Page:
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Report on Irazu (Costa Rica) — March 1996

Bulletin of the Global Volcanism Network, vol. 21, no. 3 (March 1996)
Managing Editor: Richard Wunderman.

Irazu (Costa Rica) Infrequent microseisms in February and March

Please cite this report as:

Global Volcanism Program, 1996. Report on Irazu (Costa Rica). In: Wunderman, R (ed.), Bulletin of the Global Volcanism Network, 21:3. Smithsonian Institution. https://doi.org/10.5479/si.GVP.BGVN199603-345060.

Volcano Profile |  Complete Bulletin


Irazu

Costa Rica

9.979°N, 83.852°W; summit elev. 3432 m

All times are local (unless otherwise noted)


During March, the dark-blue lake dropped 30 cm with respect to December 1995. Constant bubbling continued along the N, NW, W, and SE shores. The NW-flank site of the December 1994 eruption continued to emit low volumes of gas. During February and March seismic station IRZ2, 5 km SW of the crater, registered 31 and 19 microseisms, respectively. These events were only detected locally. Significant tilt was not detected over the deformation network.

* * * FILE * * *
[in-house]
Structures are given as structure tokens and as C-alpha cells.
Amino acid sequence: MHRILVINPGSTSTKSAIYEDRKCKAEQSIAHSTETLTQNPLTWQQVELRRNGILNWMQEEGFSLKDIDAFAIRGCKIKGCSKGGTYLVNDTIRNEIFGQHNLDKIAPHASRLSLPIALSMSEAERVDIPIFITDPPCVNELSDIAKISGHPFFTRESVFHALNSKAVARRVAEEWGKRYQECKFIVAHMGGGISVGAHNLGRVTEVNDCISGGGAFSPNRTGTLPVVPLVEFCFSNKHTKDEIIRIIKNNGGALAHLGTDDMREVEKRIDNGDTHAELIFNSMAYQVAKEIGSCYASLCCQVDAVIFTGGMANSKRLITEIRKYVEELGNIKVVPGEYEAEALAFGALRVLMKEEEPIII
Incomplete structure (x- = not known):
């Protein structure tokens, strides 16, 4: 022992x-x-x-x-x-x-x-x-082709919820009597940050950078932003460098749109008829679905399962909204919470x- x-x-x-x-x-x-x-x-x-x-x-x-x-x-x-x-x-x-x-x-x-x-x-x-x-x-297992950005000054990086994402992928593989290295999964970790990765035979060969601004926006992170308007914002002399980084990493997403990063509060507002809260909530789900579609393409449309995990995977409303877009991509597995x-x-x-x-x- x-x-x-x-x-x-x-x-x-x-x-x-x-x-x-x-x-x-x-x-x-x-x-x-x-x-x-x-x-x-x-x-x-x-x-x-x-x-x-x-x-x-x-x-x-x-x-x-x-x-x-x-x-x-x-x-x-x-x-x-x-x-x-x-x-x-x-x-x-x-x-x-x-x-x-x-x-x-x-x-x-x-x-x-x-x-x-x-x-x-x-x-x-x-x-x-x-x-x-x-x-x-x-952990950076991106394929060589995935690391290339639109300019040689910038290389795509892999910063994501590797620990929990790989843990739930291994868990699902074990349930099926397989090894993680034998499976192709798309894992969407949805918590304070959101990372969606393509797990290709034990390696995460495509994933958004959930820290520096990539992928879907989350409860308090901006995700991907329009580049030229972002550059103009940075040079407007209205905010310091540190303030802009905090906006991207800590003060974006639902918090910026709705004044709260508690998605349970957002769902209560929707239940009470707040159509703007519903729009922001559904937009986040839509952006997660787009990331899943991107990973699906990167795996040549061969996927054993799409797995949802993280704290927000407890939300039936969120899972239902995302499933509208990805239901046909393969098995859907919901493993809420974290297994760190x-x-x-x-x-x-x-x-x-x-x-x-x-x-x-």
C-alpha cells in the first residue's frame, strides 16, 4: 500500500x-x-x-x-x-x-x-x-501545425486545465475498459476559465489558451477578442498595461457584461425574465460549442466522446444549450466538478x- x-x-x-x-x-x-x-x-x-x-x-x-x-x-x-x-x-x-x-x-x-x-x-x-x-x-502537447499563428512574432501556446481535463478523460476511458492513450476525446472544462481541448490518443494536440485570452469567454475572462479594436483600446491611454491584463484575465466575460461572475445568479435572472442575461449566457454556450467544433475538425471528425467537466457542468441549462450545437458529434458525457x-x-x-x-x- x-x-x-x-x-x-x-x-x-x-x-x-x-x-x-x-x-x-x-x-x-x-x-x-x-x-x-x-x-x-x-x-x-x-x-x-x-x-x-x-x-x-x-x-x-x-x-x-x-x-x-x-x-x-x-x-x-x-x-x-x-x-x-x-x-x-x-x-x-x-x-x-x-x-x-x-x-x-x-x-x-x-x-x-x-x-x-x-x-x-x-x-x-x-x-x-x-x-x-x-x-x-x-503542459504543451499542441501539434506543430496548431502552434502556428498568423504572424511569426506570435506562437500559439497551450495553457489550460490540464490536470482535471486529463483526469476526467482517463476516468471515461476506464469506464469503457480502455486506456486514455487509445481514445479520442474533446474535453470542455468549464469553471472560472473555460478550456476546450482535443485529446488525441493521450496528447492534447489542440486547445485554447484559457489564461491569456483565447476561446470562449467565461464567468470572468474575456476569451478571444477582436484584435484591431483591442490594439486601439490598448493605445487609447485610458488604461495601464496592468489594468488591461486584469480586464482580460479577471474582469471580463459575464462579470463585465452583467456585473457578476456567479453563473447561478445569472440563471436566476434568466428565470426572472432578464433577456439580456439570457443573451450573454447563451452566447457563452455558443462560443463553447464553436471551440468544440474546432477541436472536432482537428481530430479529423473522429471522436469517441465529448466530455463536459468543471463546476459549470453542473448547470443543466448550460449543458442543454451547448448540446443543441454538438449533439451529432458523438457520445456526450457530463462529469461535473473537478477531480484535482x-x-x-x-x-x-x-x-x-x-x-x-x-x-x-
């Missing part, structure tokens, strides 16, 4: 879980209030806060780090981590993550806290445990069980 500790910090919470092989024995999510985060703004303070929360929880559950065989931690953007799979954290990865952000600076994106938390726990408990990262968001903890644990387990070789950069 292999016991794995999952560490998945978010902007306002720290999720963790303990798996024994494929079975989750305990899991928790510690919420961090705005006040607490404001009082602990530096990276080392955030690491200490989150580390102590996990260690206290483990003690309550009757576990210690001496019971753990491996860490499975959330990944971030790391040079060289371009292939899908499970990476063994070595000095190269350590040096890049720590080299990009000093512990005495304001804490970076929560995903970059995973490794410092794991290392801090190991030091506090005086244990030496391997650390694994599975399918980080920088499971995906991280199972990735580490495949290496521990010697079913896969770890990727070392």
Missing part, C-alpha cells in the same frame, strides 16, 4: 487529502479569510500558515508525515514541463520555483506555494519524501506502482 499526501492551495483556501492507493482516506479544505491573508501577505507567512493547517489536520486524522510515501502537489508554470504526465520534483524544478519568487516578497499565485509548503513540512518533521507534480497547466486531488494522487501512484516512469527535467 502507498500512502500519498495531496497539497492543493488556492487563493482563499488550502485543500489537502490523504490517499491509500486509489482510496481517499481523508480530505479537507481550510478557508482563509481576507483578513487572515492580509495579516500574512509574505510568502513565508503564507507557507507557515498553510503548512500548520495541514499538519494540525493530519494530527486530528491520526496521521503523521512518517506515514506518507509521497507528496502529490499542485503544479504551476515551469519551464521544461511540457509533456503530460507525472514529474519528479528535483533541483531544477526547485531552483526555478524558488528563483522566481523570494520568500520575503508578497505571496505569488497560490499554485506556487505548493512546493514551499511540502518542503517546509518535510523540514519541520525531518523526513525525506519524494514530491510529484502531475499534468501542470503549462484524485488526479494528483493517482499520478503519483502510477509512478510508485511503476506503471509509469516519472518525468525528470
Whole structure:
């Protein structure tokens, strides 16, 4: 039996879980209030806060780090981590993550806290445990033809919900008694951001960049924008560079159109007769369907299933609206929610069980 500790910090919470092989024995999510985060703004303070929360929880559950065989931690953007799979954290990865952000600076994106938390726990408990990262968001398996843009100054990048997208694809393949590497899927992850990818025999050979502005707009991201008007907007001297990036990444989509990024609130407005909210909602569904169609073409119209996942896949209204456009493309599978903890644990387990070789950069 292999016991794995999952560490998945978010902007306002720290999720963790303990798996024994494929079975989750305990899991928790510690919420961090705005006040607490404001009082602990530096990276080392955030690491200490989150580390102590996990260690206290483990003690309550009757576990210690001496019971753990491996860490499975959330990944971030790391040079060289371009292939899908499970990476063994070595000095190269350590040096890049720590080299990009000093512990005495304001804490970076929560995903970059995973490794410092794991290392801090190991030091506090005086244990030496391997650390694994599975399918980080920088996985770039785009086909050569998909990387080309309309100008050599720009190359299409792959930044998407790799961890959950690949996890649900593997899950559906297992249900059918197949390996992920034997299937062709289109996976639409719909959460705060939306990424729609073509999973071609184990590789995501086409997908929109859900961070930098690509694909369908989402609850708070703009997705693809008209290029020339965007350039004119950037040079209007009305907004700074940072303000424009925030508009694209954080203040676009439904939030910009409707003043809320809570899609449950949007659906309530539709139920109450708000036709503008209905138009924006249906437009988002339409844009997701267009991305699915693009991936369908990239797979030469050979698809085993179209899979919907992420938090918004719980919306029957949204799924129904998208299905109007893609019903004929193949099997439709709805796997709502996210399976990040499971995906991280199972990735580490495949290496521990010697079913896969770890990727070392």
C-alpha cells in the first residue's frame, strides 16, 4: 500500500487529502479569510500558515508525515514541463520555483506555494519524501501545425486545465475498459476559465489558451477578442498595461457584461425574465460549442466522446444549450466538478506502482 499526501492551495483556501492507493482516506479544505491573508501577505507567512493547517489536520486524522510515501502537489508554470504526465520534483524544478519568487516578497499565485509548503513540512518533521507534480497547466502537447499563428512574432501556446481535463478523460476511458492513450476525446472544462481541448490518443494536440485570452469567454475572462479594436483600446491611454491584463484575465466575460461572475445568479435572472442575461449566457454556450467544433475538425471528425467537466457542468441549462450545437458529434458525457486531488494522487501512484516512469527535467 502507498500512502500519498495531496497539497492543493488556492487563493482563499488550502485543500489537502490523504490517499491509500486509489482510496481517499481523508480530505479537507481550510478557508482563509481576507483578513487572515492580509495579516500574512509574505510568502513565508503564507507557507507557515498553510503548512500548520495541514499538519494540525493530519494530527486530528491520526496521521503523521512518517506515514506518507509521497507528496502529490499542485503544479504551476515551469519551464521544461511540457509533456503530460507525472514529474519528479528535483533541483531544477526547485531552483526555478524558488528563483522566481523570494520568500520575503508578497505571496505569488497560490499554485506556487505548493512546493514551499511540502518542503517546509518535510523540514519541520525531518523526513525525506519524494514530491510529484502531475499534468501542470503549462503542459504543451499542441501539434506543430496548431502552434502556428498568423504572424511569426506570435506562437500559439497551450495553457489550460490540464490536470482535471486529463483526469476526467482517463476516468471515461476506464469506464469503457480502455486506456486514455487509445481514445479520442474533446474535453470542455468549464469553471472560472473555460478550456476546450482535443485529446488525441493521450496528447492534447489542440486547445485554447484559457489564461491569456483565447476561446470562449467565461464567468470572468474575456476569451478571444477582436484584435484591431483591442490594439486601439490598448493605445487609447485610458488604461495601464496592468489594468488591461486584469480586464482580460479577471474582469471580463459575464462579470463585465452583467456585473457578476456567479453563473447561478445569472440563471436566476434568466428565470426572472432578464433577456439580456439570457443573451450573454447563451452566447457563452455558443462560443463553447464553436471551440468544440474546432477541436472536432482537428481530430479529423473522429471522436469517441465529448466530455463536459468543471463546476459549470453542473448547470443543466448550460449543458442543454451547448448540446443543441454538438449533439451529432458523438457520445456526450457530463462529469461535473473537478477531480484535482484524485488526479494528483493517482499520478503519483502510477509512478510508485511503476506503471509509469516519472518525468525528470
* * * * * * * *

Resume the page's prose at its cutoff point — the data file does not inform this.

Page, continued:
Geologic Background. Irazú, one of Costa Rica's most active volcanoes, rises immediately E of the capital city of San José. The massive volcano covers an area of 500 km2 and is vegetated to within a few hundred meters of its broad flat-topped summit crater complex. At least 10 satellitic cones are located on its S flank. No lava flows have been identified since the eruption of the massive Cervantes lava flows from S-flank vents about 14,000 years ago, and all known Holocene eruptions have been explosive. The focus of eruptions at the summit crater complex has migrated to the W towards the historically active crater, which contains a small lake of variable size and color. Although eruptions may have occurred around the time of the Spanish conquest, the first well-documented historical eruption occurred in 1723, and frequent explosive eruptions have occurred since. Ashfall from the last major eruption during 1963-65 caused significant disruption to San José and surrounding areas.

Information Contacts: Erick Fernández, Elicer Duarte, Vilma Barboza, Rodolfo Van der Laat, and Enrique Hernandez, Observatorio Vulcanológico y Sismológico de Costa Rica, Universidad Nacional (OVSICORI-UNA), Apartado 86-3000, Heredia, Costa Rica; Gerardo J. Soto, Oficina de Sismología y Vulcanología, Departamento de Geología, Instituto Costarricense de Electricidad (ICE), Apartado 10032-1000, San José, Costa Rica.